The biggest advantage to netbooks remains their cheap price - about $300 for many models and even less on sale. But a machine designed for easy Web browsing at wireless hot spots has limitations in rural areas.
Still, experts in technology who work in agriculture see some potential uses for netbooks on farms.
They have advantages over the handheld devices many producers use for keeping records, says Terry Brase, assistant professor of agriculture technology at Kirkwood Community College in Cedar Rapids, Iowa.
"The fact they've got USB ports and larger memory could make them very valuable for precision agriculture," he says.
They have more than enough power and memory to run a spreadsheet, says Stephen Martin, an Extension computer specialist at the University of Missouri's ag economics department.
Another advantage, if you opt to pay more, is solid-state drive (SSD).
"There are benefits to a solid-state drive," Martin says. "They typically are faster, and they're shock resistant since there are no moving parts." They also enhance battery life. When Martin bought his Asus Eee 1000, he paid an extra $60 for SSD, bringing the total price to $390. He boosted the SSD data storage with a secure digital high-capacity card.
"I actually keep all of my program data on an SD card," he says. SD cards are used in digital cameras. Most netbooks have an SD card slot but no compact disc reader.
Solid-state drive means you can put a netbook on the pickup seat and not worry about it. Still, that's where it will probably stay when you get out of the pickup, which is why smartphones may remain more popular to some users, says Dietrich Kastens, the technology person on his family's farm near Atwood, Kansas.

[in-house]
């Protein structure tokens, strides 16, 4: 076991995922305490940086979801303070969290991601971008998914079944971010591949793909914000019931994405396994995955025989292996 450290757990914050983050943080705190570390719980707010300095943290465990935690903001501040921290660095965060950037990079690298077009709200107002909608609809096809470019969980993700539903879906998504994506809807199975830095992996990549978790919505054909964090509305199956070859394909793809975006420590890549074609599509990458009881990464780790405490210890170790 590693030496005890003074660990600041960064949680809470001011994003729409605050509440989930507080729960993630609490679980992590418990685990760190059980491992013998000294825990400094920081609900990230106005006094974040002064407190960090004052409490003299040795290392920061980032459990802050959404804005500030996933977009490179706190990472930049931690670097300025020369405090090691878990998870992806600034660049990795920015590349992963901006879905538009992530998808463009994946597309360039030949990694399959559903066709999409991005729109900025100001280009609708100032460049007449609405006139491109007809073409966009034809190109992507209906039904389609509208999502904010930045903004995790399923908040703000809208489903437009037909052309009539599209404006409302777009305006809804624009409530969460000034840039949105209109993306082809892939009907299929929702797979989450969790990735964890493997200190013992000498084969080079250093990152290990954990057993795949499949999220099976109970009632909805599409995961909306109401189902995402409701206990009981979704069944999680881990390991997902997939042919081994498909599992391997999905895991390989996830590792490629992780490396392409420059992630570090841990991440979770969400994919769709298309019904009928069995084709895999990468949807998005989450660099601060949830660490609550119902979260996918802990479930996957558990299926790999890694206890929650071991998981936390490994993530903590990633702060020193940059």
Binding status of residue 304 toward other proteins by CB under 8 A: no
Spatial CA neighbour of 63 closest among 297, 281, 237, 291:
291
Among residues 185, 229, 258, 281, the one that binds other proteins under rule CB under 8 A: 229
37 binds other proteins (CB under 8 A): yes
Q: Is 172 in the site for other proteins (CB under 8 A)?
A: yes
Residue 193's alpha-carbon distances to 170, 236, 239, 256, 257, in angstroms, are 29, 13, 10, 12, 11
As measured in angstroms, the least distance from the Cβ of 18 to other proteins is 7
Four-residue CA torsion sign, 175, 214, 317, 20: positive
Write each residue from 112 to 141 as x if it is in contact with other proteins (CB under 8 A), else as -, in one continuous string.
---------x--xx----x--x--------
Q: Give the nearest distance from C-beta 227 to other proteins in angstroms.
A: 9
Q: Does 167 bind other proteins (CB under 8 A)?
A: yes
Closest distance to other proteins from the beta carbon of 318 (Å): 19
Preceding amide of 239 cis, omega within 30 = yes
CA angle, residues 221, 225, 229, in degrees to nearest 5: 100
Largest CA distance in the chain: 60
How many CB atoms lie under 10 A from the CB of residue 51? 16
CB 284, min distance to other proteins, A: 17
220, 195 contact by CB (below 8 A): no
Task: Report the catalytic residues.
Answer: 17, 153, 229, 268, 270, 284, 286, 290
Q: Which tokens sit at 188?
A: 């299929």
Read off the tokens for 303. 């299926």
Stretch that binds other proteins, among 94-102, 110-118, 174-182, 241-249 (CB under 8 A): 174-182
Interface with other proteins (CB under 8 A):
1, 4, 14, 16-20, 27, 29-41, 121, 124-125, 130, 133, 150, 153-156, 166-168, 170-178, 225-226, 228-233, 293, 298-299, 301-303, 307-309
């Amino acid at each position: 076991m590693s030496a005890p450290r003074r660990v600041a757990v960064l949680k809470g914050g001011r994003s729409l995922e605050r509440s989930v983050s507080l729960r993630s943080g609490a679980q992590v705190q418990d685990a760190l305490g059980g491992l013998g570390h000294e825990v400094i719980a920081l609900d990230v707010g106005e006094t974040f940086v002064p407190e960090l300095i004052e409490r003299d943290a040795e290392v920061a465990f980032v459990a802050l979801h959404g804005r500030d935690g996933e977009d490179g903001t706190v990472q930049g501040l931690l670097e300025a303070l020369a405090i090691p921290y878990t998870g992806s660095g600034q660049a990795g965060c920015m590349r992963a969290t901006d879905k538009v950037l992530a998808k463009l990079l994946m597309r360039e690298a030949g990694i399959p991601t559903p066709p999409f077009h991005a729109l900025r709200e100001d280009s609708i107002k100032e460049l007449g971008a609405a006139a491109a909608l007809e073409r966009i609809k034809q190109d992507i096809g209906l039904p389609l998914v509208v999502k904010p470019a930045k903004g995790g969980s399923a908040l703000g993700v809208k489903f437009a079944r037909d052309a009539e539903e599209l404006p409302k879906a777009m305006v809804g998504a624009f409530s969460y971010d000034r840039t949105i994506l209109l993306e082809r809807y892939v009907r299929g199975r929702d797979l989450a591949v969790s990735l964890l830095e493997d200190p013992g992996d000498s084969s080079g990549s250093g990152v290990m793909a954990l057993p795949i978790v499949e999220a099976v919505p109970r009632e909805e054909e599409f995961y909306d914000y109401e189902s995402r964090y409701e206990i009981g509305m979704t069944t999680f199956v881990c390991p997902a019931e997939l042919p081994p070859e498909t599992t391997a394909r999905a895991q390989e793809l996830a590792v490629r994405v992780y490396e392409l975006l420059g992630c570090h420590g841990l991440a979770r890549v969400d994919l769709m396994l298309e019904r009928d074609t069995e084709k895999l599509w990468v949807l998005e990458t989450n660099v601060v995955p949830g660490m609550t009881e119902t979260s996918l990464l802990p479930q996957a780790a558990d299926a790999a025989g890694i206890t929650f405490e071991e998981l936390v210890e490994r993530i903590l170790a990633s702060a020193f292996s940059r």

Kastens does like the larger screens on netbooks, typically 10 inches measured diagonally. "There's only so much you can do on a 2Â½ inch screen on a smartphone," he says. Yet, while Kastens is considering buying a netbook, he hasn't yet. Nor does he know many producers who have.
A few of us who make a living by typing on computers have. Successful Farming magazine's tech-savvy multimedia editor Jeff Caldwell owns a Gateway netbook and likes it.
Last September I bought an HP Mini 110 at Office Depot for about $270 plus $50 for antivirus software. It's the black computer on this page, nestled in the larger MacBook Pro that the magazine recently provided staff, after years on a MacBook G4.
Why two laptops? The Mini 110 is more than adequate for filing stories to the Web site from meetings and hotels with wireless Internet. And it's a lot easier to lug through airport security. I just put it in its neoprene case and toss it into my duffel bag. (It has a 14 GB SSD.) I also wanted to have my own laptop at home when my wife, who is a teacher, checks her e-mail in the evening on our Acer desktop. We have a wireless router for our cable modem, so I can kick back in the recliner and boot up at the same time.
So how does the Mini 110 work?